My day in the field is always exciting and filled with surprises. I, along with my team, wake up early and start the survey by 7 am in the morning and finish by 6 pm in the evening. For the surveys, we ride on two wheelers along predetermined routes, observe both the sides of the trail and record data on Crane flocks. During bird capture and tagging expeditions, we usually spend the entire night in the wetland, setting up mist-nets and noose-traps, trapping birds, taking morphological measurements of captured birds and fitting them with the transmitter.

My study area is the Kachchh landscape which is characterized by unique salt flats, marshes, vast arid grasslands, agricultural fields and coastal habitats. I love to be in the presence of arid land specific fauna and flora which shows their multiple levels of adaptations. Moreover, the extremes of an arid climate provide me with multiple challenges. 

How does your work benefit society? 

Cranes have always been a symbol of love and companionship and are well embedded in our culture. However, there is very little scientific knowledge available about migratory cranes and their life here in our landscape. When people learn about their migratory journeys, it instills a sense of admiration and evokes responsibility of hosting these long distance travelers. As a result, it will deter hunting and will help sustain a healthy ecosystem.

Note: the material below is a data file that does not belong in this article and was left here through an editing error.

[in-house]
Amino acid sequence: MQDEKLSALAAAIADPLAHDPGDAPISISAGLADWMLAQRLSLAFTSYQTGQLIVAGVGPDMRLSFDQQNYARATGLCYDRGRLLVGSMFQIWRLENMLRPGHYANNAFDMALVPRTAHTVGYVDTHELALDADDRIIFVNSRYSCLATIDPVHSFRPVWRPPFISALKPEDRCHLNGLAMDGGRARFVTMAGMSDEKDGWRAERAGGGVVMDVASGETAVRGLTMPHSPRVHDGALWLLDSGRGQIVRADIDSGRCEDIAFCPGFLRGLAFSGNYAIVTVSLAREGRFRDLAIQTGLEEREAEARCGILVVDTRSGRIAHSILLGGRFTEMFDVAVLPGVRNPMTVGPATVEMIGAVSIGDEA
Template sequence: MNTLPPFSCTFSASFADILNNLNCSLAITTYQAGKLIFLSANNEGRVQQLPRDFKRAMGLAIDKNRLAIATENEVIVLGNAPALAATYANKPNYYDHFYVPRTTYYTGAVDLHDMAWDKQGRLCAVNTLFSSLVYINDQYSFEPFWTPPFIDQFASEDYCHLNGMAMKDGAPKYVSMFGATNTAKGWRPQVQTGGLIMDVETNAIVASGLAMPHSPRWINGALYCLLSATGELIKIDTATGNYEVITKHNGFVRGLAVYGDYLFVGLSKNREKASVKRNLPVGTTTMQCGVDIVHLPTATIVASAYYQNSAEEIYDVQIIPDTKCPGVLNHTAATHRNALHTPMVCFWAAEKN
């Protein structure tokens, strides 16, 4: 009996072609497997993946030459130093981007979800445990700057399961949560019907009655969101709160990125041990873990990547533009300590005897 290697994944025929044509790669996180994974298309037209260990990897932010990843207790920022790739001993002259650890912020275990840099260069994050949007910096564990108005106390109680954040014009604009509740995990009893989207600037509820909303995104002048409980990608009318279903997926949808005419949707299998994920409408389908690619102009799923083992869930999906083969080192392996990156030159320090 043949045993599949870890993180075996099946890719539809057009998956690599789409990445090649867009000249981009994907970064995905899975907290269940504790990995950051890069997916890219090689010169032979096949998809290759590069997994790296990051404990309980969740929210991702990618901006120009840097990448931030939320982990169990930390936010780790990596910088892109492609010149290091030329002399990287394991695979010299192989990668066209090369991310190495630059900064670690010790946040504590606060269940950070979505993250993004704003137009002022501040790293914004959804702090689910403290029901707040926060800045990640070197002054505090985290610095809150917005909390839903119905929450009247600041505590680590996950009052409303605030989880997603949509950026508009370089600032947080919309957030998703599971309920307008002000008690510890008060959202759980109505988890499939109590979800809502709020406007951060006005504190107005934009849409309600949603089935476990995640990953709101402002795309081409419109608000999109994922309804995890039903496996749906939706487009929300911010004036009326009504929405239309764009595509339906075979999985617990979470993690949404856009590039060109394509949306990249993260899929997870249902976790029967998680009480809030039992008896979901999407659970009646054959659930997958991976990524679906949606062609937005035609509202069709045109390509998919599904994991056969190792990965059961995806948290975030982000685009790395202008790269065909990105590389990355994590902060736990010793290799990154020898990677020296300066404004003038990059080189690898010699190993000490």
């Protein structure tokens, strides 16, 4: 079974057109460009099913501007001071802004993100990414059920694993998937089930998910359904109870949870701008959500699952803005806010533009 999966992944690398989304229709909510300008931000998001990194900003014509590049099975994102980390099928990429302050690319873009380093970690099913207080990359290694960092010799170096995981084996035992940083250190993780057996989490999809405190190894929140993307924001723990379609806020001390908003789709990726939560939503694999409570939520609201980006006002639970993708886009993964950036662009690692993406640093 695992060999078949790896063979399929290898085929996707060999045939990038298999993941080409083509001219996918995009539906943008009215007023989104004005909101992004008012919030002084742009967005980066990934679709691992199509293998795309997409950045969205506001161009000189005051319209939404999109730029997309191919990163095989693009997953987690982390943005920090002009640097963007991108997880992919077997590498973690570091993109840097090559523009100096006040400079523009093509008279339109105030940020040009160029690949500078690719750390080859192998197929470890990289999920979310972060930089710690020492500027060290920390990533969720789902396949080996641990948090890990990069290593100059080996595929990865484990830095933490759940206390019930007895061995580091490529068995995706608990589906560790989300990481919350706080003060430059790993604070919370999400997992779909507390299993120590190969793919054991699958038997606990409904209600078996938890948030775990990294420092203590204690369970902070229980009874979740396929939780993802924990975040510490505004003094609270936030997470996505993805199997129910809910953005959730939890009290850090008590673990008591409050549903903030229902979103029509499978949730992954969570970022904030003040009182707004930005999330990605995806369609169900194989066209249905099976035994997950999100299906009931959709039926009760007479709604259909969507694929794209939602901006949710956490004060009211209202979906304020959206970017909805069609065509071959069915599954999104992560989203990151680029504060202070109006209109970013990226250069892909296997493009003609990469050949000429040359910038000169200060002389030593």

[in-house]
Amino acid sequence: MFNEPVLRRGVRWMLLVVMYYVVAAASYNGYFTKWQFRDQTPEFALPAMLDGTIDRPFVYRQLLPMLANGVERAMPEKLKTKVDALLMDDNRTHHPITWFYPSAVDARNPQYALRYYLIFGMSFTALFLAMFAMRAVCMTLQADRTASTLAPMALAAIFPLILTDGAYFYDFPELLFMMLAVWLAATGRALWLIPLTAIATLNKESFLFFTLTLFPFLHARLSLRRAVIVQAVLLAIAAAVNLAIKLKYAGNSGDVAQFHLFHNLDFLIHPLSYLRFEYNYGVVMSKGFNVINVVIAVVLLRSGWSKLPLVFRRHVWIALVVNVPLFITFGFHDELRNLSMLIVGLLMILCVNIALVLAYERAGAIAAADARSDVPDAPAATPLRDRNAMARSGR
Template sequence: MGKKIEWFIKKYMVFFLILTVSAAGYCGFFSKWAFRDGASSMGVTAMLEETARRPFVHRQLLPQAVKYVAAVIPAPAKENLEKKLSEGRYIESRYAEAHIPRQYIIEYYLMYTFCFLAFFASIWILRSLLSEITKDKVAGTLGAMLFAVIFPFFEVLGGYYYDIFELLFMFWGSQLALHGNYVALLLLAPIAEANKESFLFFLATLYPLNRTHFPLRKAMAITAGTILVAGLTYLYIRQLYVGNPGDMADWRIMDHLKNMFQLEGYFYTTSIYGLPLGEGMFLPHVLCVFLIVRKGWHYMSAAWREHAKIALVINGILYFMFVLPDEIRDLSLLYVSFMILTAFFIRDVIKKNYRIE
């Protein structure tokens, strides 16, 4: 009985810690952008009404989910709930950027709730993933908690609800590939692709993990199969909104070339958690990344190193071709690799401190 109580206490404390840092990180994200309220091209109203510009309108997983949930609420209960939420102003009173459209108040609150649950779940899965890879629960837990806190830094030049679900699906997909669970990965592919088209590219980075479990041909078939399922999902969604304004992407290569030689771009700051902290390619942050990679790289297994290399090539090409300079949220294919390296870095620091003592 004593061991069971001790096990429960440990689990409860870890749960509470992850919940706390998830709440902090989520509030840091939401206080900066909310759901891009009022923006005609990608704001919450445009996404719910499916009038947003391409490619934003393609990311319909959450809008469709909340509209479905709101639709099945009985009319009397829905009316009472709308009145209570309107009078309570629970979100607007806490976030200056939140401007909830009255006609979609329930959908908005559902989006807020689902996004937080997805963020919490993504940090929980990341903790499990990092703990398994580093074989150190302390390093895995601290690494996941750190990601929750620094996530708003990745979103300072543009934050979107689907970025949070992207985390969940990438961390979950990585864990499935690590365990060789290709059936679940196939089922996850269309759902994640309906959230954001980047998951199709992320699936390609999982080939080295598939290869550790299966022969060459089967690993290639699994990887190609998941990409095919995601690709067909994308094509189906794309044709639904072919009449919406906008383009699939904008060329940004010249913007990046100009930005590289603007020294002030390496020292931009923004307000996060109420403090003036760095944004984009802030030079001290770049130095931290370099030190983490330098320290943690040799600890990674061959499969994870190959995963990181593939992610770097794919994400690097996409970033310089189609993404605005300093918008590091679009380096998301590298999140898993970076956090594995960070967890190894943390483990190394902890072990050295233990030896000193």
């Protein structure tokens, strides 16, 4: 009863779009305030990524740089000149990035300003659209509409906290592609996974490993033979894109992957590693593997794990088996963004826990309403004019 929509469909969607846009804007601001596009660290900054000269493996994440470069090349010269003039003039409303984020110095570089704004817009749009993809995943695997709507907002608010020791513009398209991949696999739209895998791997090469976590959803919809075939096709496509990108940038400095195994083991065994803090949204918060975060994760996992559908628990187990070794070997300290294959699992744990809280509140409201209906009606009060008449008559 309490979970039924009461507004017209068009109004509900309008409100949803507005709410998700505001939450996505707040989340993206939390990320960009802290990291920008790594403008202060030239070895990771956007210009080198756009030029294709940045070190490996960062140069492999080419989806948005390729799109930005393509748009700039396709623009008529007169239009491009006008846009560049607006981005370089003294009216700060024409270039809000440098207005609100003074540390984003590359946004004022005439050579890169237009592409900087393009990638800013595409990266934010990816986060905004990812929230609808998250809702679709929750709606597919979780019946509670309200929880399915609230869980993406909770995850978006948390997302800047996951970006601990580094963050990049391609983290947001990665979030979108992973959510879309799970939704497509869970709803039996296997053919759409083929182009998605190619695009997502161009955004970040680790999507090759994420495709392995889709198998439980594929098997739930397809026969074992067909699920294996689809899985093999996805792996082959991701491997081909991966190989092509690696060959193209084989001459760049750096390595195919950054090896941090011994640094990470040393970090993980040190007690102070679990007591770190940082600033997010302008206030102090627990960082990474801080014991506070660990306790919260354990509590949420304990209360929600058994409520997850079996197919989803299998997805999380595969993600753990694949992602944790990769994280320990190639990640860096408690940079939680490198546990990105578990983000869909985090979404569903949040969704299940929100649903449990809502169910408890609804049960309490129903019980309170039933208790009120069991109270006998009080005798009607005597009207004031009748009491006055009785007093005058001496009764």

Tell us an example of a specific memorable work you did that is very close to you!

Capturing Cranes was one of the most difficult jobs on the field. We had been trying to capture cranes for almost 20 days and had no luck. However, it was a great learning curve. After a number of sleepless nights toiling in the wetlands and marshes, we were exhausted mentally and physically. Finally, on 12th March 2020, we set up mist nets very strategically, using the knowledge of our trial and errors of the last several days and caught a Common Crane. This bird was tracked for the entire migration cycle and gave fantastic information. 

Your advice to students based on your experience?

As my mentors say, passion, patience and perseverance will lead you to excellency. 

Future Plans?

India is known for its migratory bird diversity. However, there are research gaps in migratory and wintering ecology of these birds. My prime focus is arid grassland associated migratory birds and I want to carry out studies on their movements, wintering ground space use and migration flyways.